Dan Dennedy released Shotcut 18.12 with newly added video histogram scope, new Levels video filter, three specialized masking filters instead of one old filter, other improvements and bugfixes. See release announcement for more details.
MattKC made another alpha release of Olive, new non-linear video editor we covered last week in a dedicated post. Changes from the first public release include (but are not limited to): faster exporting, zooming and scrolling in the viewer, fixes for Unicode filenames support, rendering blurs on Intel GPUs, and more.
As for Blender VSE, Richard Antalik, the new maintainer, is getting really busy. Last week, he fixed the FPS meter not showing in VSE and started going through patches submitted by Olly Funkster and Justin Moore in the past: font selection to VSE text strips, Ken Burns effect (panning and zooming), VSE playback rate control, and others. He also started collecting ideas for a new timeline manipulation API (reusing OpenTimelineIO is one of the ideas).
Meanwhile, Peter “tintwotin” Fog reworked the Razor tool.
The VCV Rack team posted project news about future development plans. Essentially, they are stopping VCV Bridge development and refocusing on the VST version of VCV Rack, which will be paid-for software (ca. $99). It’s worth noting that we are talking about the VST2 version here, so Ardour users will be able to enjoy using the synth. Development might take another year.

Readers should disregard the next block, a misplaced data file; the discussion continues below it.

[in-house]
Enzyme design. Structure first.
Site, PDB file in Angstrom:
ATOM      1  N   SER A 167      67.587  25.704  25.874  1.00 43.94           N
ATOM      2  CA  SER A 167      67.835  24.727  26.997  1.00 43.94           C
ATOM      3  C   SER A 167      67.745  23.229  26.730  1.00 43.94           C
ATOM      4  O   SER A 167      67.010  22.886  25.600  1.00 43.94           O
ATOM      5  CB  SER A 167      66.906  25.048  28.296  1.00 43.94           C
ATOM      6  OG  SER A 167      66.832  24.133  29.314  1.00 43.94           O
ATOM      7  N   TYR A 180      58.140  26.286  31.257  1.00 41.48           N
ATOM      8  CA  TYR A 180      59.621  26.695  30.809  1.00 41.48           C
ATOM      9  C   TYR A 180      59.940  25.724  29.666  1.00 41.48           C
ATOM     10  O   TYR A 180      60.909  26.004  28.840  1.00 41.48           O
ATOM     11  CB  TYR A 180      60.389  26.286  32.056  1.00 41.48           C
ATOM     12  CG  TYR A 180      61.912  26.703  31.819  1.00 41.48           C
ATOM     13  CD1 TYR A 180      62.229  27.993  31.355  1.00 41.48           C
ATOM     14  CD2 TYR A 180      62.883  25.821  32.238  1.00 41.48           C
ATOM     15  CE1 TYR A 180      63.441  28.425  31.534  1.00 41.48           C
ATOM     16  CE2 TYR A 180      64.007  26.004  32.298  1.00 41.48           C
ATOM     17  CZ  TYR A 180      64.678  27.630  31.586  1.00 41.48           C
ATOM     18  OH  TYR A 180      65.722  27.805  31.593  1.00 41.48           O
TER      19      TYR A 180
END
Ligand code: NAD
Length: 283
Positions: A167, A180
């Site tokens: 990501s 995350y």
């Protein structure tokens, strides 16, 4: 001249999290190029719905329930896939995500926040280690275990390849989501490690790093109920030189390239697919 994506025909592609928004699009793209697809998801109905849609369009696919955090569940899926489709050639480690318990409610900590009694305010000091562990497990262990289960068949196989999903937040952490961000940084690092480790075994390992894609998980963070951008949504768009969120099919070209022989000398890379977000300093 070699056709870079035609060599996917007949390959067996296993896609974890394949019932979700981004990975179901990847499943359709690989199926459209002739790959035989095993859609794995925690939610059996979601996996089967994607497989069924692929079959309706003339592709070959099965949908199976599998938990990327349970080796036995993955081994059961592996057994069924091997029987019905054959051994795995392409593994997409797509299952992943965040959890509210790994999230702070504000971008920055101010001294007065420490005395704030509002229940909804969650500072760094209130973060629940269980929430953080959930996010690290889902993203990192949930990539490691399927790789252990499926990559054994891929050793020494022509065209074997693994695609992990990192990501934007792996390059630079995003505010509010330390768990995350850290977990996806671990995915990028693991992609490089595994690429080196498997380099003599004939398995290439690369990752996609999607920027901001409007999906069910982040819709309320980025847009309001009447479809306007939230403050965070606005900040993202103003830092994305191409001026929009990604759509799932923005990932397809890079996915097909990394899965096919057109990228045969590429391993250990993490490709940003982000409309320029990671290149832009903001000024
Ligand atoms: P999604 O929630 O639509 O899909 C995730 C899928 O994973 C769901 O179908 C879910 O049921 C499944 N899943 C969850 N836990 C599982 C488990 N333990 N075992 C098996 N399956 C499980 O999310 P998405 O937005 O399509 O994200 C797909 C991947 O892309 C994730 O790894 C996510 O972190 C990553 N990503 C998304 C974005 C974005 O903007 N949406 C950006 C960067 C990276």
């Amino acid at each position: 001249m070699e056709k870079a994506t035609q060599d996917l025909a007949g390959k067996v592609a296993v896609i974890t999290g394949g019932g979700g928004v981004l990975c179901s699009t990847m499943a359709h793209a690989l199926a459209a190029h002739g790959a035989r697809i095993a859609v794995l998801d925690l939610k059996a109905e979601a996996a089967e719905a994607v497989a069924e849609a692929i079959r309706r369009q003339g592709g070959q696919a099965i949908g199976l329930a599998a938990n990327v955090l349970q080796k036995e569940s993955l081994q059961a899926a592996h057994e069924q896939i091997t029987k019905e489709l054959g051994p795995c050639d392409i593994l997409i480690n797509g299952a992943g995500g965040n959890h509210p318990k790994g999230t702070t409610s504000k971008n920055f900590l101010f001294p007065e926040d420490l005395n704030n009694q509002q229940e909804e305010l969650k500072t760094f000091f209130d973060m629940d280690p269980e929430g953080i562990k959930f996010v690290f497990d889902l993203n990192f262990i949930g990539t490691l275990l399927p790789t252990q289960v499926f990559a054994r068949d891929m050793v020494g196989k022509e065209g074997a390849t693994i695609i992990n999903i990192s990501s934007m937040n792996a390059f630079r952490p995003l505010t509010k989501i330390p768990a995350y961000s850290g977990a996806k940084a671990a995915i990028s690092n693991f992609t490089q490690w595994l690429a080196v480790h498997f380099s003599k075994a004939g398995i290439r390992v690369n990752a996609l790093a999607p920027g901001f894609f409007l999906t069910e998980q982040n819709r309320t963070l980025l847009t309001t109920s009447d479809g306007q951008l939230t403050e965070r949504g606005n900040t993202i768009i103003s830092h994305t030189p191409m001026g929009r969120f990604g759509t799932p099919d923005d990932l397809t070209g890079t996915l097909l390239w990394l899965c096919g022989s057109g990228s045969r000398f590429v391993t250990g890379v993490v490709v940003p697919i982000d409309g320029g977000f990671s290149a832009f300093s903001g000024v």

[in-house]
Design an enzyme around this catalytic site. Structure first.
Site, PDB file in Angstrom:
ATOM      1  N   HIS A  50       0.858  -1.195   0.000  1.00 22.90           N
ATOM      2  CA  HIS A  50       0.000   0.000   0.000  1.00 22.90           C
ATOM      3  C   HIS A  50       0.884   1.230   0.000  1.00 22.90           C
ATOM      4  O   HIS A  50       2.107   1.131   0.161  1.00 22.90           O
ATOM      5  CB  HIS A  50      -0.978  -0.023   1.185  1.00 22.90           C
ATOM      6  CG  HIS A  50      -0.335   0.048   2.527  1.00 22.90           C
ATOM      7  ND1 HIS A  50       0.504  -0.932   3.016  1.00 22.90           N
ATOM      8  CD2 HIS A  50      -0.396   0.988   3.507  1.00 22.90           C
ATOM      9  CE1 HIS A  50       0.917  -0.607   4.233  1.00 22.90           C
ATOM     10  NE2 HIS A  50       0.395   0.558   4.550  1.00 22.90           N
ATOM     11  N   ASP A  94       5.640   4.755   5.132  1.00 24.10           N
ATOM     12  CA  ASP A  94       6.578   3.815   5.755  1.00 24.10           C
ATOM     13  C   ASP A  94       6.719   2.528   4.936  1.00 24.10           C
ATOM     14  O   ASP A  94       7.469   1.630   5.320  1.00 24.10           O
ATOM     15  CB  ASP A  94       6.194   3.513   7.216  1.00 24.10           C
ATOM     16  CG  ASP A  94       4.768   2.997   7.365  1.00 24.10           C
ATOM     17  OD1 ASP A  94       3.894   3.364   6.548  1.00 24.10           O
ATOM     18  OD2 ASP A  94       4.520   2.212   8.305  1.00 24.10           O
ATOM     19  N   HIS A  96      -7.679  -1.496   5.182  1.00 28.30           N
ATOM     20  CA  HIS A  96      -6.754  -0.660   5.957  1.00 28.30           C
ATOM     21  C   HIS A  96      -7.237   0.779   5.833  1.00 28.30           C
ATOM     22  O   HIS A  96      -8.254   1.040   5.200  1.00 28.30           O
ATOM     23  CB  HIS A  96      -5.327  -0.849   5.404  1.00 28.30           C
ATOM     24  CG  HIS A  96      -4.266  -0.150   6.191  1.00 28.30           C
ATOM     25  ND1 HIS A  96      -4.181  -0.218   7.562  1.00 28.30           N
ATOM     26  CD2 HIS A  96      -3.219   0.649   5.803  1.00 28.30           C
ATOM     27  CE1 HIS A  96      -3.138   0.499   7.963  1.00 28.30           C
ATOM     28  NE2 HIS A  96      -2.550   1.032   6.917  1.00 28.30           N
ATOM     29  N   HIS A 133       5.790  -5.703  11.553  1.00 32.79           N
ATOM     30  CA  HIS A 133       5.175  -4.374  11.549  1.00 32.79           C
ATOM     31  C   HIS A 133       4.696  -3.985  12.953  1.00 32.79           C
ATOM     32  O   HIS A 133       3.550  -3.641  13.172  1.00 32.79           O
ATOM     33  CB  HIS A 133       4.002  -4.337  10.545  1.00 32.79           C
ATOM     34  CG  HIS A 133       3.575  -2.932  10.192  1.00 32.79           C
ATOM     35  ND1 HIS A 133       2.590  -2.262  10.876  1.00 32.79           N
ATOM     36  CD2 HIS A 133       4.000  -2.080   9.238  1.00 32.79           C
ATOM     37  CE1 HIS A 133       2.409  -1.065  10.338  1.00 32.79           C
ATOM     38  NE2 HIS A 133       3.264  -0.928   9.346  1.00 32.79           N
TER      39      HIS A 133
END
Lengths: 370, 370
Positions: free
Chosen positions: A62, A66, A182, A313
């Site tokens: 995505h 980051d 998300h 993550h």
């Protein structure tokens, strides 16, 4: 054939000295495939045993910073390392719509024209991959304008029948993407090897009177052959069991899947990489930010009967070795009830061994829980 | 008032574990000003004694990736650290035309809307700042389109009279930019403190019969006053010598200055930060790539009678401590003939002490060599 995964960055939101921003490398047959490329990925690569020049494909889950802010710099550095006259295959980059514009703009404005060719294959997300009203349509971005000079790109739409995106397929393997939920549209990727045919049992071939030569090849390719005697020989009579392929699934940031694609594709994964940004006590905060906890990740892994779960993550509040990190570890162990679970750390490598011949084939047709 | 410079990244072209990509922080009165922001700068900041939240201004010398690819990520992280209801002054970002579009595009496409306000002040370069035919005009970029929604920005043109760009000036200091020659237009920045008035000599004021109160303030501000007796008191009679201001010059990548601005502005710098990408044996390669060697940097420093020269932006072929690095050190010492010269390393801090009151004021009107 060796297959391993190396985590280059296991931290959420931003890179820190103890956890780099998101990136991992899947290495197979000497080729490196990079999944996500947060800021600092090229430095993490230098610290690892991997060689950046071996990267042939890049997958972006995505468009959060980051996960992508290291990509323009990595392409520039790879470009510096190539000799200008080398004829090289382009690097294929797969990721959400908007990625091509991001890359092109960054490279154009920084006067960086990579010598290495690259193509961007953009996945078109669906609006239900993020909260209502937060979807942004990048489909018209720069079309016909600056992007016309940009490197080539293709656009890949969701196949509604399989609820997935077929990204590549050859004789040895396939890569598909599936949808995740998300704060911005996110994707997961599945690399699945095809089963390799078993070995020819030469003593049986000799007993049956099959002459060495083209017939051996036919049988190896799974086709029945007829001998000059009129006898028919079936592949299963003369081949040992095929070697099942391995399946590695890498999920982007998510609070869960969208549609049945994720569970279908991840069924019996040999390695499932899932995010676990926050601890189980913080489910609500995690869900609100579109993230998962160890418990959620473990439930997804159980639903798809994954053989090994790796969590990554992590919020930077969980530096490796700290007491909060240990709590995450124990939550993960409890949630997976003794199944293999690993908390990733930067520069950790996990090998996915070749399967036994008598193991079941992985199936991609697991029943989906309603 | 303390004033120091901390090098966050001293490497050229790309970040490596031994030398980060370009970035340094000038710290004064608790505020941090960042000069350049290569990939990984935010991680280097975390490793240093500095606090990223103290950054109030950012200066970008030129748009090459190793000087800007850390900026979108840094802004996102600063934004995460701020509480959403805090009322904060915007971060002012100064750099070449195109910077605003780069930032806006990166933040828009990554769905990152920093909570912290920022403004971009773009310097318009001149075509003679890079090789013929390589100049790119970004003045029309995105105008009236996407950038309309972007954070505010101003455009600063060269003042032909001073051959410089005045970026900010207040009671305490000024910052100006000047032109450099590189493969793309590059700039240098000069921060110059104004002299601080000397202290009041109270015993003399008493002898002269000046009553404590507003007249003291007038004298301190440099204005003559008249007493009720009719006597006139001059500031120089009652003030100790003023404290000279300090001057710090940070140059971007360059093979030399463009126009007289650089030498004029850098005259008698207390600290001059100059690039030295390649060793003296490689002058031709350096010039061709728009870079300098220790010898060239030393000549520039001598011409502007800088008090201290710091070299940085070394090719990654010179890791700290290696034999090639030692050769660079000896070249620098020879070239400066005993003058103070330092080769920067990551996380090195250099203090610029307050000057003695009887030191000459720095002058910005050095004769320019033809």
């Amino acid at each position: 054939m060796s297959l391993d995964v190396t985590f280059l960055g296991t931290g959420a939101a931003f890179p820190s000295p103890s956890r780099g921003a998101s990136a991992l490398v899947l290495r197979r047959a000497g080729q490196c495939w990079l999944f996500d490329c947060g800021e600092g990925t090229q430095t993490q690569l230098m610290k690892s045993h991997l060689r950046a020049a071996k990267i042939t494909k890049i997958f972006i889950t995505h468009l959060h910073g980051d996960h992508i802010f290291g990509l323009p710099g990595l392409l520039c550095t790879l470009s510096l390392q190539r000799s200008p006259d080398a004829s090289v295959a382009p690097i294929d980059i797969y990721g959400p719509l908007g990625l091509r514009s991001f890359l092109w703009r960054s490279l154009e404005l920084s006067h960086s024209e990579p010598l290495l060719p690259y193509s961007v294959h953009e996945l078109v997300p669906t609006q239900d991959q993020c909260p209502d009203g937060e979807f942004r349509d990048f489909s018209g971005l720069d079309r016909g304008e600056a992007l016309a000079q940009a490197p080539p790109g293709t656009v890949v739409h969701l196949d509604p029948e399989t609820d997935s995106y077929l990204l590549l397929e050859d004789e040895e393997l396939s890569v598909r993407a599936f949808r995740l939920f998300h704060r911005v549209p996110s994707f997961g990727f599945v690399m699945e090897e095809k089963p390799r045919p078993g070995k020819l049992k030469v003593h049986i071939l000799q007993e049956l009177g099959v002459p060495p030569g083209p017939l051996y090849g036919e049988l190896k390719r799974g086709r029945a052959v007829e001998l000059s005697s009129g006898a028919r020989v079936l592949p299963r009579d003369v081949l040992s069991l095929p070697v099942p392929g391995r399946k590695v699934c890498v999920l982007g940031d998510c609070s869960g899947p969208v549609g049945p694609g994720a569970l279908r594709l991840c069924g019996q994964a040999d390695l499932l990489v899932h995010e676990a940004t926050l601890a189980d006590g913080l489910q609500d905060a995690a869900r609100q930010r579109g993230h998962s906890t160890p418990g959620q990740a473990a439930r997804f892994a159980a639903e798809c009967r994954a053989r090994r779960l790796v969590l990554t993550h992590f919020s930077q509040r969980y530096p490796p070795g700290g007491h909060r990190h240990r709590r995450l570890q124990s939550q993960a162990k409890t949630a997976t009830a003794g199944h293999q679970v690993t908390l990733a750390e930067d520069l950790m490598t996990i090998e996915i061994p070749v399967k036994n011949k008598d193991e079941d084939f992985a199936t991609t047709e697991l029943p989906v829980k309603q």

VCV Rack will continue existing as free (BSD/LGPL) software, and the team doubled-down on an assumption that this will not be the case, by referring to the mission statement that boils down to this: no one should be excluded from learning a musical instrument, having a virtual eurorack synth instead of a hardware one removes a huge chunk of the price tag, free/open source model ultimately benefits both consumers and the Rack platform, so the team is committed to keeping it open but needs to raise funds to continue development, hence the paid version.
The Ardour team seems to have refocused on the master branch. They’ve been mostly doing further cleanup and fixing bugs, but there’s time for little new features. LV2 plug-ins’ presets can now have descriptions/comments, and Ardour now has a new LV2 option/extension. The extension allows plugins that need threads to process data to configure their thread priority to not interfere with the host’s process threads. Additionally, pitch-shifting quality was slightly increased.
Martin Klekner started a new series of Blender tutorials with one on making an ancient Greek lamp asset (texturing is done in Substance Painter though).
Pratik Solanki et al. wrote a ‘Behind the scenes’ post for Blendernation explaining some aspects of creating the ‘Hooka-pooka’ short animated movie.
New GIMP tutorial from Nick Saporito explaining how to wrap text around circle.
This is ‘Mountain village’, a new timelapse from grafikwork.
Open Source Bug explains using proxies in Shotcut.
George Kim wrote a post for Blendernation introducing CEREBRUM, a sci-fi animated web series made with Blender, World Machine, and Adobe After Effects.
Rizky Djati Munggaran posted his wedding invitation made entirely with Inkscape.
New animal-themed tarot card by Sylvia Ritter:
Developers of iA Writer released the iA Writer Duospace variable typeface under SIL OFL 1.1. The typeface is a modification of IBM Plex. See their detailed post for more info on design considerations.
We are heading to winter holidays and will return to you in January.